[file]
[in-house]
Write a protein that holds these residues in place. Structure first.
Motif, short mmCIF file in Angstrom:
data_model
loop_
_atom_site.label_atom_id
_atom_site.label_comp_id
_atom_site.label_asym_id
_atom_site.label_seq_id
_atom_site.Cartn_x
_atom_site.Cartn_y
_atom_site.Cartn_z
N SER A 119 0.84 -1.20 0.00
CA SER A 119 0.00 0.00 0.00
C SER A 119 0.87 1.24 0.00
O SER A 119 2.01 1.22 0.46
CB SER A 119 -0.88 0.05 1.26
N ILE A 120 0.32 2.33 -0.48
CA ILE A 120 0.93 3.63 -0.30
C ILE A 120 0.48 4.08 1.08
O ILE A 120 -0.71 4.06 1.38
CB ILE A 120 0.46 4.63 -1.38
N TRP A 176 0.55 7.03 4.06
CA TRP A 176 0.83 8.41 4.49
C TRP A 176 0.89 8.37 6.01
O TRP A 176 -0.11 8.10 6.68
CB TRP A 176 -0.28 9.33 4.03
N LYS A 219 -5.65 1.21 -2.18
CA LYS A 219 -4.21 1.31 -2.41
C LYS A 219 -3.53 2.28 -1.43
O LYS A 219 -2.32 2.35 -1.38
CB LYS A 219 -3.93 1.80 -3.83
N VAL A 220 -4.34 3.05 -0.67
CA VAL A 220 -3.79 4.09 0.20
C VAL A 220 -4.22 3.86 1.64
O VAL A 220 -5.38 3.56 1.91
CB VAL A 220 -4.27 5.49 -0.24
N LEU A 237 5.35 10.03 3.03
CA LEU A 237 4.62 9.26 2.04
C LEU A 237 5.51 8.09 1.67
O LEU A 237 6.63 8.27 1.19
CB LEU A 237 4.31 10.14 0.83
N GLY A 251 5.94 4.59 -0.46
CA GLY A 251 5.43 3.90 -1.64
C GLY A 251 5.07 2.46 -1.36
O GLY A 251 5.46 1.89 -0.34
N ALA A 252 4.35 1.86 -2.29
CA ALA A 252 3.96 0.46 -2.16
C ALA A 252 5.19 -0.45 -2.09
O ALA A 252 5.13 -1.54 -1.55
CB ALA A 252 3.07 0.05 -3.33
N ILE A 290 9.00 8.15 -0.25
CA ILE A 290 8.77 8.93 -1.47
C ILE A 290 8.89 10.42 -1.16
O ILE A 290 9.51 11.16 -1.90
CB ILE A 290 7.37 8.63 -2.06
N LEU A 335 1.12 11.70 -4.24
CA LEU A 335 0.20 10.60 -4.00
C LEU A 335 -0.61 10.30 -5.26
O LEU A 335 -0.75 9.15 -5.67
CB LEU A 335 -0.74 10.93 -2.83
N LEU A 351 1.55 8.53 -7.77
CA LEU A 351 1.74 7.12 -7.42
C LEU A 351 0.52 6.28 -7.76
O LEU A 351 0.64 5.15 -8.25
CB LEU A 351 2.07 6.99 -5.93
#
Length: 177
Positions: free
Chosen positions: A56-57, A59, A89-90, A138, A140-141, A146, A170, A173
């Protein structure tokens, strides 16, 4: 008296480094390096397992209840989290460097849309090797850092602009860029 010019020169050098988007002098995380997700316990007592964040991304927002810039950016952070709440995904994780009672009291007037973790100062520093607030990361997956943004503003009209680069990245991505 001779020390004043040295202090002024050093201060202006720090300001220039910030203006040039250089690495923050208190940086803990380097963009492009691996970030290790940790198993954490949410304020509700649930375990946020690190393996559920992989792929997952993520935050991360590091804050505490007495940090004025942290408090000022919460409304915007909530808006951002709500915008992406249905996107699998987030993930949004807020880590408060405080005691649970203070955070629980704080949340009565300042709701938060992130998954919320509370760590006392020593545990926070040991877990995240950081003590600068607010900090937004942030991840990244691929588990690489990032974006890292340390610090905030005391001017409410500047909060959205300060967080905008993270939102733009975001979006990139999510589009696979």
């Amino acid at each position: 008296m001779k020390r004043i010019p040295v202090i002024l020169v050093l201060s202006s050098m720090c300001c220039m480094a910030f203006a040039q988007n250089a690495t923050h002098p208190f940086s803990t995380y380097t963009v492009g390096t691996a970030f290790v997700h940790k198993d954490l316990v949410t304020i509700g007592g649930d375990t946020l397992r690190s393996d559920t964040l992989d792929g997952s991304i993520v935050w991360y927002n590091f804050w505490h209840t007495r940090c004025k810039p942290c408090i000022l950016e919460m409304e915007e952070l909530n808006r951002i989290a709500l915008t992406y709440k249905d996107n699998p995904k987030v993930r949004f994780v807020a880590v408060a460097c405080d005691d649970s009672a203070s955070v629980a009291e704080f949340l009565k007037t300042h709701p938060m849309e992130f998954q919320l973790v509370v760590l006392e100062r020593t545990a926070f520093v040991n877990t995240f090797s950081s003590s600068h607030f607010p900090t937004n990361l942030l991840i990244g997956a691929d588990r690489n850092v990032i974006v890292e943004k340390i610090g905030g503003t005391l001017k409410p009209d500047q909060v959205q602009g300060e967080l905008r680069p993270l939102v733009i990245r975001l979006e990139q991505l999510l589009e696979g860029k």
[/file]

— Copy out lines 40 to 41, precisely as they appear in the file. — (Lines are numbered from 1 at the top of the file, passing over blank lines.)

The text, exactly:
C LEU A 237 5.51 8.09 1.67
O LEU A 237 6.63 8.27 1.19